Posted by: David | April 9, 2006 06:31 PM

The Post owes its readers an explanation of the ludicrously counterfactual editorial, "A Good Leak."

Posted by: penalcolony | April 9, 2006 06:32 PM

the Post is probably too liberal for the Editorial Board to read - for them, if it ain't in the Moonie Times or the blastfaxes from Mehlman, it must be a liberal lie!

Posted by: Wilson46201 | April 9, 2006 06:32 PM

Good Leak = Disinformation

Today's editorial in support of "A Good Leak" was a shocker, and so bizarre. The editorial writer didn't seem to be aware of the facts as spelled out in their own paper.

Bush and Cheney were working to leak DISCREDITED information. That's pushing disinformation. Is the Post trying to out-Judy Miller the Times on this?

I'm sorry we spent the three bucks to buy the paper.

Posted by: Vaughan | April 9, 2006 06:33 PM

Why do liberals hate America?

Posted by: Ian | April 9, 2006 06:36 PM

You guys should fire republican shill Fred Hiatt or make him the new redstate blogger, you choose, but you can not leave him in charge of the editorial page any longer. Your credibility, long suffering in this year of Bob Woodward, is now gone after weekend of Hiatt editorial lying and kissing ass for Bush Co. Shame on the Wash Post!

Posted by: Greg in NY | April 9, 2006 06:38 PM

Oh, boo hoo, poor Valerie Plame, undercover agent extraordinaire. The moonbat spin about here "career" being destroyed has fooled many. And those it doesn't fool -- like the Op-Ed page here -- are now targets for moonbat anger. Hell hath no fury like a moonbat scorned.


Posted by: Leonidas | April 9, 2006 06:40 PM

R Cauthen - The sound you hear is crickets chirping. There is no one at home at WaPo. Poor devils.

Posted by: | April 9, 2006 06:40 PM

I think I have finally figured it out. The hiring of a right leaning blogger was an attempt to "balance" the paper correct? Well that didn't work out so well for them. But that won't prevent them from carrying out their mission! It is now plain and for all to see what the WaPo thinks of as balance. Given the OpEd today that contradicts the WaPo's own factually based reporting, FOUND IN THE SAME ISSUE, I can now see that what they meant when they say they wanted balance was just that - falsehoods, obfuscation and disinformation to "balance" truth and fact. What a novel approach to "journalism".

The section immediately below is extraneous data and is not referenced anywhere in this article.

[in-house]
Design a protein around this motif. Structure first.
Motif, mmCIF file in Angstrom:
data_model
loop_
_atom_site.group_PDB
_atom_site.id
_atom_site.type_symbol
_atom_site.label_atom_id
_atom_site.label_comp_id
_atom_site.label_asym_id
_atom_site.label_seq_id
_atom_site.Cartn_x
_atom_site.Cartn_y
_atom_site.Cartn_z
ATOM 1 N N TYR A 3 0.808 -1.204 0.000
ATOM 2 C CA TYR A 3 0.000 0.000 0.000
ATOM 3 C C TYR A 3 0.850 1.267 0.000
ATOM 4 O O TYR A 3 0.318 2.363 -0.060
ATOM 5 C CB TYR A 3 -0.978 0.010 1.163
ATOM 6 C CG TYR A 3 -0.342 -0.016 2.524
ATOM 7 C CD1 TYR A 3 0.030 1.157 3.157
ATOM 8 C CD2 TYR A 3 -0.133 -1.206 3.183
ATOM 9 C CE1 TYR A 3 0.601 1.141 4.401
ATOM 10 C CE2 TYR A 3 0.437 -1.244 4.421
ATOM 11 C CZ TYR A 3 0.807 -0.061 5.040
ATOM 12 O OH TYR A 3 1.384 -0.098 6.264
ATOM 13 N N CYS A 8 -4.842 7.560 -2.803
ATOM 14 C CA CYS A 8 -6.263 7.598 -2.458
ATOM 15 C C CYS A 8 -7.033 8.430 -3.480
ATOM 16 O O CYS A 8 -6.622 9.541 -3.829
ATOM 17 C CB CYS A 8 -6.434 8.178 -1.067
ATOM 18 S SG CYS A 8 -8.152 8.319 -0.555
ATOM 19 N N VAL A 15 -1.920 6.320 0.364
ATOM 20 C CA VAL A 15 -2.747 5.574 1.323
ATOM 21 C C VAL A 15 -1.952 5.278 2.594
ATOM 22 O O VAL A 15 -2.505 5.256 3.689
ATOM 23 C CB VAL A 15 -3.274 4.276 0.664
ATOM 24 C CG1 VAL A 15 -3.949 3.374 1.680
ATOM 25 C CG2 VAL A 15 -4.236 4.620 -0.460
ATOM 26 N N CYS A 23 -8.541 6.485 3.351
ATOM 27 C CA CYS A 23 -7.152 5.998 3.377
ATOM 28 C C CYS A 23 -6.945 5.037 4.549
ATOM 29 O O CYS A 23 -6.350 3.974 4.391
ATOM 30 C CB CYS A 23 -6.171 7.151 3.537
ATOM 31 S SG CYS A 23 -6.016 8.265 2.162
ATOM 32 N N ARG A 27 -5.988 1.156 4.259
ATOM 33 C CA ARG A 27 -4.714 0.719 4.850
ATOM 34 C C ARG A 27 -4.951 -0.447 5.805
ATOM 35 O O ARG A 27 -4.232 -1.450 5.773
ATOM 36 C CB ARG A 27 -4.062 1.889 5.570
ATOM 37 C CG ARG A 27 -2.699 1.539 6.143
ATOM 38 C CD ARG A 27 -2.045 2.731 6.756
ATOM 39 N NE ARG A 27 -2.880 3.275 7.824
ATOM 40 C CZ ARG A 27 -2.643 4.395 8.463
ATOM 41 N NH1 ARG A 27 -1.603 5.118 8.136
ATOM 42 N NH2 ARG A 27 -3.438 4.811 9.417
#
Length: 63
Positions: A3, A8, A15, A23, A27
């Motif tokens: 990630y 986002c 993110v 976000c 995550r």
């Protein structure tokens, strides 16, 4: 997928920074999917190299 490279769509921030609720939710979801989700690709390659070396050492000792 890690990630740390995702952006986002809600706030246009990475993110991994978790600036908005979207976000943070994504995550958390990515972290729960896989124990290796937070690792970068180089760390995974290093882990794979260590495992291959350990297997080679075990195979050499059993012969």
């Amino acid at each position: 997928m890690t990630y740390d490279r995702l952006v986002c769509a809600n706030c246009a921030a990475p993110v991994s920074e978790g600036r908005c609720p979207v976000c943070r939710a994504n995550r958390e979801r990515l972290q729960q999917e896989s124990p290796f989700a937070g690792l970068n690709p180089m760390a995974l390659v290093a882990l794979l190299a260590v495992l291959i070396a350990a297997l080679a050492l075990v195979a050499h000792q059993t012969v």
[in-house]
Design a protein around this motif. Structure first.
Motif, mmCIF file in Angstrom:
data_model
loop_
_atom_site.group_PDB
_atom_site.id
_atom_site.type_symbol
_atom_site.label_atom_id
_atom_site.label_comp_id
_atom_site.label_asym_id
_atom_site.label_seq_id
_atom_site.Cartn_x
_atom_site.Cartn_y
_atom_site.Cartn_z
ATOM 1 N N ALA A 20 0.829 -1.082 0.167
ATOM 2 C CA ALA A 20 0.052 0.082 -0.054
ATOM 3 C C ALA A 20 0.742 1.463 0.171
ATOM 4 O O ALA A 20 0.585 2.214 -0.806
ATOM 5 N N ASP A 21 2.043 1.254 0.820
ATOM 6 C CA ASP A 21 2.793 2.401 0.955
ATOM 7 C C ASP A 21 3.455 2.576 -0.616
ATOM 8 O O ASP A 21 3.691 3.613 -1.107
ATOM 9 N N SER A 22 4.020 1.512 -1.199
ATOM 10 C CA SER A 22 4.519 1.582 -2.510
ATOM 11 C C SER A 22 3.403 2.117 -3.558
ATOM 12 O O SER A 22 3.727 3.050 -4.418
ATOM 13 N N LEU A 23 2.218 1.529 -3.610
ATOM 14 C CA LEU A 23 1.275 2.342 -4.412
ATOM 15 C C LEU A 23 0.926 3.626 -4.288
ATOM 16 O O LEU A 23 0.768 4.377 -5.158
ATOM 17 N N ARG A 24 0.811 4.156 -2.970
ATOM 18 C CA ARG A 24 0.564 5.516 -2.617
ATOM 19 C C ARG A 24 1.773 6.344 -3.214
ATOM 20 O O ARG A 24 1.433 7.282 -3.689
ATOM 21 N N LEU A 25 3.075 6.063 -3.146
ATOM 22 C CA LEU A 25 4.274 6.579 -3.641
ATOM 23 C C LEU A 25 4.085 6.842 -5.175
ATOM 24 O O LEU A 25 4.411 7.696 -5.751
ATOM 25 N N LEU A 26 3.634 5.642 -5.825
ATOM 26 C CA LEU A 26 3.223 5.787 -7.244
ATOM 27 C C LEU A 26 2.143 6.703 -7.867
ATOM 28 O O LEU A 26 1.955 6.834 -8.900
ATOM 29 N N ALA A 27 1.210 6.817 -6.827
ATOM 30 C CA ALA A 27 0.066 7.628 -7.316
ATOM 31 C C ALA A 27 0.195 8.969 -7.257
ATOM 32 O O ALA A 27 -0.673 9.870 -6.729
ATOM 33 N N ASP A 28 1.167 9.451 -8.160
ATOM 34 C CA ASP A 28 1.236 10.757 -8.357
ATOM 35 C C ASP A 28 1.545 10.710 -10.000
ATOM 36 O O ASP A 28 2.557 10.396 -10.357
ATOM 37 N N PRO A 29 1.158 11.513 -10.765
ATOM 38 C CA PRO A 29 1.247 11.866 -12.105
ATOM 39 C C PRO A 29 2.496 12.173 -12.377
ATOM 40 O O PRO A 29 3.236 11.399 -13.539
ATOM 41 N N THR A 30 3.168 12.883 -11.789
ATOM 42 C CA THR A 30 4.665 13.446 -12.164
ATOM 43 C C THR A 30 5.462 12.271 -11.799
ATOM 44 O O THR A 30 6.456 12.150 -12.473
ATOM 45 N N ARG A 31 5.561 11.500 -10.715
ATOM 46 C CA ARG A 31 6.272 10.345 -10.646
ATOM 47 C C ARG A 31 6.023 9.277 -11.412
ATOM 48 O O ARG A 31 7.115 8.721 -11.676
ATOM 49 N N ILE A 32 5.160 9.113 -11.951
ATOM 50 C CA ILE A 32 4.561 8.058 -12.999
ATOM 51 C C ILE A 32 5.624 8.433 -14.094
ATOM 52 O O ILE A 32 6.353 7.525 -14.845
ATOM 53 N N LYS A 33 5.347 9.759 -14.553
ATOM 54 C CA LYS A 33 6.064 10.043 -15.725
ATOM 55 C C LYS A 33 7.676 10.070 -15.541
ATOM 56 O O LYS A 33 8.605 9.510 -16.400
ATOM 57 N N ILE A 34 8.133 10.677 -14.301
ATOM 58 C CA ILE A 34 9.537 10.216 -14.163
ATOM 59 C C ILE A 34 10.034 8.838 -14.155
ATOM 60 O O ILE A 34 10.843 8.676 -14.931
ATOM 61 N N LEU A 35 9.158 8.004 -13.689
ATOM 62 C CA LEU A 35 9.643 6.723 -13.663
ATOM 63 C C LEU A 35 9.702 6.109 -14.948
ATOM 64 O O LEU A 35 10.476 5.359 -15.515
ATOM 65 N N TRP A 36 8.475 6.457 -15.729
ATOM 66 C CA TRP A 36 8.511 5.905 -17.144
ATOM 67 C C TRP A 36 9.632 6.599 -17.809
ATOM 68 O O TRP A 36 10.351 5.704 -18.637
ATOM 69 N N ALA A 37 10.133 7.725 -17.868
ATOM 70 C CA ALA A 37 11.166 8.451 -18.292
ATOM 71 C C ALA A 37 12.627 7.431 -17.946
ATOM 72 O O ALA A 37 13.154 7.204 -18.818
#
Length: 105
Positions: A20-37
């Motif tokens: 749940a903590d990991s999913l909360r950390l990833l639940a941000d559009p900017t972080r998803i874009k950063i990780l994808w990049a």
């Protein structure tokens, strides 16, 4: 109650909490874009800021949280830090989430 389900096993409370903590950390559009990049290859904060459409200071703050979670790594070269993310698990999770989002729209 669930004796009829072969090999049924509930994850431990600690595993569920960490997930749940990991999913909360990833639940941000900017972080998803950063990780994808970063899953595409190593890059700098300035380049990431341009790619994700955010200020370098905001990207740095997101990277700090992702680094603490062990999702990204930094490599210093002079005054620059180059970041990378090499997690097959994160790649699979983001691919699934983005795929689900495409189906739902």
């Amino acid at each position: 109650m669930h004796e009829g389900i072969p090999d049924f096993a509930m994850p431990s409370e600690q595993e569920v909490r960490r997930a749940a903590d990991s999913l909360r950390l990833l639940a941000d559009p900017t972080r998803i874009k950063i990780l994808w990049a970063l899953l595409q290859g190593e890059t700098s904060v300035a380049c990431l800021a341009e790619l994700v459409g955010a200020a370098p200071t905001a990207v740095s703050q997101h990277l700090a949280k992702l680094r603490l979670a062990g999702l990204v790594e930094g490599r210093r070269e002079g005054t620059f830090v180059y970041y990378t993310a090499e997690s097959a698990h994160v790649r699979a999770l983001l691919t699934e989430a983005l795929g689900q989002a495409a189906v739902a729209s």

Posted by: ender | April 9, 2006 06:41 PM


Posted by: | April 9, 2006 06:41 PM

What has happened to the WaPo? I cannot believe that editorial! How on earth can a major newspaper have penned such a horrendously erroneous piece of garbage, and so pathetically and obviously full of suck-up butt-kissing. I moved from Maryland to Tampa a few years ago, and I have to say that not even the conservative and mid-tier-city Tampa Tribune would dare write something so amateurish and irresponsible. Shame on the Post. I subscribed for many years but today I am thankful that I didn't waste a dime to read such trash.

Posted by: Madam Deb | April 9, 2006 06:44 PM

Be honest -- when you first read "A Good Leak" didn't you wonder for just a moment if the Post had been punked by Ben Domenech? The irony was just too rich having that editorial appear on the same day that the Gellman and Linzer article skewers the argument it makes by reviewing the facts.

Posted by: AJ | April 9, 2006 06:47 PM

I refer whoever wrote that atrocious editorial to this page:

Posted by: Steve J. | April 9, 2006 06:47 PM

Since when has the Post's editorials become less intelligent and informed than a High School newspaper??

Smarter and more informed people please.

Posted by: celo | April 9, 2006 06:49 PM

Well, thats it for me;If this paper isn't good enough for Fred Hiatt (one of its own editors) to read, then why should I waste my time.

Posted by: Kevin N | April 9, 2006 06:53 PM